It’s time for day two of Severe Weather Awareness Week! Now, we’ll all familiar with thunderstorms and severe storms, because they’re just part of life in the Great Plains. But for anyone who might be new to the area or just looking for a quick reminder, let’s look at the difference between the two. Read on and also watch the video above from Meteorologist Mark Stitz!
A thunderstorm contains rain, lightning, and thunder. But sometimes, a thunderstorm becomes even stronger with hail and wind. Once wind speeds reach 58 mph or higher or a storm begins to produce hail with a diameter of one inch (think quarter size) or more, it becomes a severe thunderstorm and the National Weather Service will issue a severe thunderstorm warning.
So, we know hail is associated with a severe thunderstorm, but how does hail form? When the warm updrafts that helped create the thunderstorm in the first place become strong enough, raindrops in a storm will be pushed higher into the storm where temperatures are below freezing. Those frozen droplets are now hail and start to fall again. As it falls, it collects more water from other raindrops and can be pushed back up into the freezing layer if the updraft is strong enough. The collected water freezes again and forms another layer of ice, which is why you can see hail stones with distinct “rings” of ice. Once the hail is heavy enough or the updraft weak enough, it falls through the storm and then we see the hail reach the surface. As we know, hail can come in all different shapes and sizes.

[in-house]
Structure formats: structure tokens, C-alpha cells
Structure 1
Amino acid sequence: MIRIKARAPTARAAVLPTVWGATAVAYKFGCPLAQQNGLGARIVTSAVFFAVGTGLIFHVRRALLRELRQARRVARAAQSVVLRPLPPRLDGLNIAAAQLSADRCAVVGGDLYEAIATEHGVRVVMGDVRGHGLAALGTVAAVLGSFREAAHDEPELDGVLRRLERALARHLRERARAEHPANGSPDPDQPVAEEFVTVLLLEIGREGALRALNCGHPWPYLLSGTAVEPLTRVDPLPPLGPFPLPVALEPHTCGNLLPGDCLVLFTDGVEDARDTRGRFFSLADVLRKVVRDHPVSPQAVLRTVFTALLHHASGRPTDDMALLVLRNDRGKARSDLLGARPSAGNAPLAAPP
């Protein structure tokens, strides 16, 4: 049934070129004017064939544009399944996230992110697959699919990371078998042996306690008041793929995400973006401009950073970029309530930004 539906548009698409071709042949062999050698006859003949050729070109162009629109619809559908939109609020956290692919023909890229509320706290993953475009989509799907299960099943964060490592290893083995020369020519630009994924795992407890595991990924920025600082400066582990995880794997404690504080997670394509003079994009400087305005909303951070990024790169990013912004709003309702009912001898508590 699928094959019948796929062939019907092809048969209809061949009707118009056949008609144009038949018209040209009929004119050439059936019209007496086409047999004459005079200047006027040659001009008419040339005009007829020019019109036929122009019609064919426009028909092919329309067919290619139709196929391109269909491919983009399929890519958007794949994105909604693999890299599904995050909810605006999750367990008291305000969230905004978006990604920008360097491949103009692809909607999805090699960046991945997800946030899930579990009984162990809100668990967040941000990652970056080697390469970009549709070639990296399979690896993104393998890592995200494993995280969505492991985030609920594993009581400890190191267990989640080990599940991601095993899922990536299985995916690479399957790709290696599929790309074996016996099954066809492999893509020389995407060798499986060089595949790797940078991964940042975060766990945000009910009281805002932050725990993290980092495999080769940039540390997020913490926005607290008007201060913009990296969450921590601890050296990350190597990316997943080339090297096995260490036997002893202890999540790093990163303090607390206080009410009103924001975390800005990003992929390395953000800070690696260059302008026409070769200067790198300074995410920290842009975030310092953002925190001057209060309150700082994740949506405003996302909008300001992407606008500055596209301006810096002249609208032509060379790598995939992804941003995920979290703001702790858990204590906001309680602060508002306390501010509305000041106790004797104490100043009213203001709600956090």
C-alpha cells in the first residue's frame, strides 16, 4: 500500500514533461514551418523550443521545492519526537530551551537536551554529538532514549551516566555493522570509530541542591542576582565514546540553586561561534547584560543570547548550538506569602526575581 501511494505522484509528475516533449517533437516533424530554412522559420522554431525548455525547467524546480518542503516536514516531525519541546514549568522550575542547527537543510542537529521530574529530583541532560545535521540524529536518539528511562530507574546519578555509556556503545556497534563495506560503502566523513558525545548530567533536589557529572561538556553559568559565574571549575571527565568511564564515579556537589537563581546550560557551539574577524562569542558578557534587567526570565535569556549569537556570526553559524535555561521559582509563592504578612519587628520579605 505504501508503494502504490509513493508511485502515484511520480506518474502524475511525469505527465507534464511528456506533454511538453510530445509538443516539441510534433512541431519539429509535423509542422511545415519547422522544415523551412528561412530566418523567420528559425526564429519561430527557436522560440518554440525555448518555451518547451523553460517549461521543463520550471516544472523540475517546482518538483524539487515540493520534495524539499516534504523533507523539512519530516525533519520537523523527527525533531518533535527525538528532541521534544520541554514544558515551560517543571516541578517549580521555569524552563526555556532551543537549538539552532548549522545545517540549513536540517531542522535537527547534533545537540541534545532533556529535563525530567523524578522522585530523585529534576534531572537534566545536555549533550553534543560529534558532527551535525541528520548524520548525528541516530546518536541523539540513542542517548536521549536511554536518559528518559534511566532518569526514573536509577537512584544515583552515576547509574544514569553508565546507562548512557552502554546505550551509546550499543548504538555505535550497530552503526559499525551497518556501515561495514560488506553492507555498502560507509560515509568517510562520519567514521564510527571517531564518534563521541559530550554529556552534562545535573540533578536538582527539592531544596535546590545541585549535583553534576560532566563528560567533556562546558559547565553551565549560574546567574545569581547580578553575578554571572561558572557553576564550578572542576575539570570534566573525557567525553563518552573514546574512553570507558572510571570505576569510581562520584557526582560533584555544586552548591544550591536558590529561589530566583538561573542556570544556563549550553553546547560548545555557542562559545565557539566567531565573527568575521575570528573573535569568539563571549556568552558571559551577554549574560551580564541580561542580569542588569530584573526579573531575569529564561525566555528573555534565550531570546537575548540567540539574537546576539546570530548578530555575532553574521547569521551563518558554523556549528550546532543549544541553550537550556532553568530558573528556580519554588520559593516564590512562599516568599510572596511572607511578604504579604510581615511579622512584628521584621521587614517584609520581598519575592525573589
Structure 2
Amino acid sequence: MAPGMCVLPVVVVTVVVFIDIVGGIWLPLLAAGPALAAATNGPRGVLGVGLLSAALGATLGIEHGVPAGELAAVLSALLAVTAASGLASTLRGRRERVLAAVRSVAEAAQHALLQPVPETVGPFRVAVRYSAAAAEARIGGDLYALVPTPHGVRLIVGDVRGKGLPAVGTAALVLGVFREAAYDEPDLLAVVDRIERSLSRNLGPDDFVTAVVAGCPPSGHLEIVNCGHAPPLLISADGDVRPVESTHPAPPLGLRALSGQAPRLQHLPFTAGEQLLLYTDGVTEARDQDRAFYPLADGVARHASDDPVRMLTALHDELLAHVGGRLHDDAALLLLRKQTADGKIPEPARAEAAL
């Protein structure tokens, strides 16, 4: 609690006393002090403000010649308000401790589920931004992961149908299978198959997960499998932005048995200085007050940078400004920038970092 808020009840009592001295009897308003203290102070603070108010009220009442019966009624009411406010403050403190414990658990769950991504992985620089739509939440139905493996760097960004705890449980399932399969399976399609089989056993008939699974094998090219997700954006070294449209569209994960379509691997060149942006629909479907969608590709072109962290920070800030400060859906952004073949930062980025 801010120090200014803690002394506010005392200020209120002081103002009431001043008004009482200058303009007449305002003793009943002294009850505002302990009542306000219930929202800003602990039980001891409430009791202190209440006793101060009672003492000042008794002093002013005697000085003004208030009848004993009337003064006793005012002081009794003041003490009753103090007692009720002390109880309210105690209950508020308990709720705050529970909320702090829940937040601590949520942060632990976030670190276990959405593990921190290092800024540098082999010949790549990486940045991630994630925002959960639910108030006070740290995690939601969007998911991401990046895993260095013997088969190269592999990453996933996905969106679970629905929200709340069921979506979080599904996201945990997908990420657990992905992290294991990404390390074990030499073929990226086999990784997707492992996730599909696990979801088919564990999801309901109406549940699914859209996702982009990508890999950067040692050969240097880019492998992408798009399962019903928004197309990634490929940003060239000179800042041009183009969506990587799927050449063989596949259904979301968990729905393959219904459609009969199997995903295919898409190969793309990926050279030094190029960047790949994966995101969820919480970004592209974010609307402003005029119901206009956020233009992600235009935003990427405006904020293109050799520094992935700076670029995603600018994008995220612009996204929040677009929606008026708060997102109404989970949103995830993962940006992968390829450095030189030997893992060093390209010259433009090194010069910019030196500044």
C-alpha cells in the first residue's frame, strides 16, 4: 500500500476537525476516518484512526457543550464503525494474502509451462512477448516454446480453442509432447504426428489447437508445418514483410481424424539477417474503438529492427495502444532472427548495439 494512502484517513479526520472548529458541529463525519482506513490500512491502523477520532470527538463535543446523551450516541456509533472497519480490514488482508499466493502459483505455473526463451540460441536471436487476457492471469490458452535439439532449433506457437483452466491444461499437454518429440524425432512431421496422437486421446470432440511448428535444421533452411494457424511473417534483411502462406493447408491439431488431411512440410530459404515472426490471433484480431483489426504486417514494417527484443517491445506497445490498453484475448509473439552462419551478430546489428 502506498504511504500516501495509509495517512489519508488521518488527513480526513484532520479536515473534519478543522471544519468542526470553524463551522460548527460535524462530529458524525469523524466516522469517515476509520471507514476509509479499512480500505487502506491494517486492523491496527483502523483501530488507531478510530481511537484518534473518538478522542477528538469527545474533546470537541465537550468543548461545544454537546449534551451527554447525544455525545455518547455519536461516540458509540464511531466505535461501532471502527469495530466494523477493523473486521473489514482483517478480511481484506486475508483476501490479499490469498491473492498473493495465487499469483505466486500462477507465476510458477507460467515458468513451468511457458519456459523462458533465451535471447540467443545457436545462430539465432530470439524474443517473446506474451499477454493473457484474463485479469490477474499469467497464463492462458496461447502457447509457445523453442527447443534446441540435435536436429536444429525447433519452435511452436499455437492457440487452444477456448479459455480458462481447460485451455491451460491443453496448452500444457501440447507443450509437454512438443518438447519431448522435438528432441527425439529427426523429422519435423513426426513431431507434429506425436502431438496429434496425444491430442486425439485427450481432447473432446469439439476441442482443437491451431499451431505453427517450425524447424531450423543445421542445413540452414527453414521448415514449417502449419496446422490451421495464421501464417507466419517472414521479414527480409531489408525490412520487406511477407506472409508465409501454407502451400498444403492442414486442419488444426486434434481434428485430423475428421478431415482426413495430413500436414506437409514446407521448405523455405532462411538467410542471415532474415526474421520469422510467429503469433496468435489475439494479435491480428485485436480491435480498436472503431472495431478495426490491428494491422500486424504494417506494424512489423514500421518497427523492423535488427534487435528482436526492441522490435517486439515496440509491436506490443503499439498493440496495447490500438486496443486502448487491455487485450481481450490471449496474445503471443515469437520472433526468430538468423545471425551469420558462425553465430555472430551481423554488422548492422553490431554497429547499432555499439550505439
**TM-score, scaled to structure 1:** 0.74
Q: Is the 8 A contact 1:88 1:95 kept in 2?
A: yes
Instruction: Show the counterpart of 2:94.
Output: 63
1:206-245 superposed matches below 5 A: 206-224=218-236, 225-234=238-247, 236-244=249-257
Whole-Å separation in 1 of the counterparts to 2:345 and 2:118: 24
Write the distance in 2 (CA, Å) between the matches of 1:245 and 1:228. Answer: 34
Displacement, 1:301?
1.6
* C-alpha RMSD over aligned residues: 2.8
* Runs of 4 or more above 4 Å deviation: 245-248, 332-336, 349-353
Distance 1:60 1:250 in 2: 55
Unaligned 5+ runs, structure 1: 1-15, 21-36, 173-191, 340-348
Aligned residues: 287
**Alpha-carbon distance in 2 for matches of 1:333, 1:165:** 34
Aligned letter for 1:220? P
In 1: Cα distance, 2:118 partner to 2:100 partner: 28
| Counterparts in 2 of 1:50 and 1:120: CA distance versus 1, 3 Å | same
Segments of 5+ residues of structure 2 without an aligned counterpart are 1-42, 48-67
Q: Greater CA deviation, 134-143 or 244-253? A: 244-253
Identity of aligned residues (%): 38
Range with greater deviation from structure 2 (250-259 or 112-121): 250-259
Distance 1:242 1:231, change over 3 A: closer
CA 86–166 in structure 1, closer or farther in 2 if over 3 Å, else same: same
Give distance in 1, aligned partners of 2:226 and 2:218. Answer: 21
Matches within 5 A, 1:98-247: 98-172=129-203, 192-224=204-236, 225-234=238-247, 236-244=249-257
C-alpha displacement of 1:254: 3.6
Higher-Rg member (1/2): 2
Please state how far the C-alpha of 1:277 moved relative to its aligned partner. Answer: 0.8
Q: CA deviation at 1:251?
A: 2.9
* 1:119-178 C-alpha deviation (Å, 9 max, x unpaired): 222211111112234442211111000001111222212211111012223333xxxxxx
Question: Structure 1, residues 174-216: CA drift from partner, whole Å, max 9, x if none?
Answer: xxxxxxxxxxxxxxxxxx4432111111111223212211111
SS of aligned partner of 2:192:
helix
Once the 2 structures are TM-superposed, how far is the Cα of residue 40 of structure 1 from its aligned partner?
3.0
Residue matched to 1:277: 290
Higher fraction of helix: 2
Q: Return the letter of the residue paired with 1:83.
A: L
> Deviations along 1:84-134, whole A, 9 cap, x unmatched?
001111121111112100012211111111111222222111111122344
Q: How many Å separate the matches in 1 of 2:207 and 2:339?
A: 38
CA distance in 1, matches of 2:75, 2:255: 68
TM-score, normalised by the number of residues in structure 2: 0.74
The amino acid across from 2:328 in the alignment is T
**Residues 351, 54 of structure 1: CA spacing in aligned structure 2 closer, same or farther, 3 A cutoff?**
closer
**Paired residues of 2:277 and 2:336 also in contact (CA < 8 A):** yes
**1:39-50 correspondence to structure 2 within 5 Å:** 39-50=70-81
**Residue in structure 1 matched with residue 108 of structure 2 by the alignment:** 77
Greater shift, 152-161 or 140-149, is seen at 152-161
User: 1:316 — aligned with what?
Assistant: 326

Keep in mind, you need to react appropriately to both thunderstorms and severe storms. For a “regular” thunderstorm, you need to stay inside. You also need to keep away from windows, pipes, and any plugged-in electronics. When a severe storm is heading your way or ongoing, it’s safest for you to go to your home’s safe room, which is on the lowest level and in the center of the building.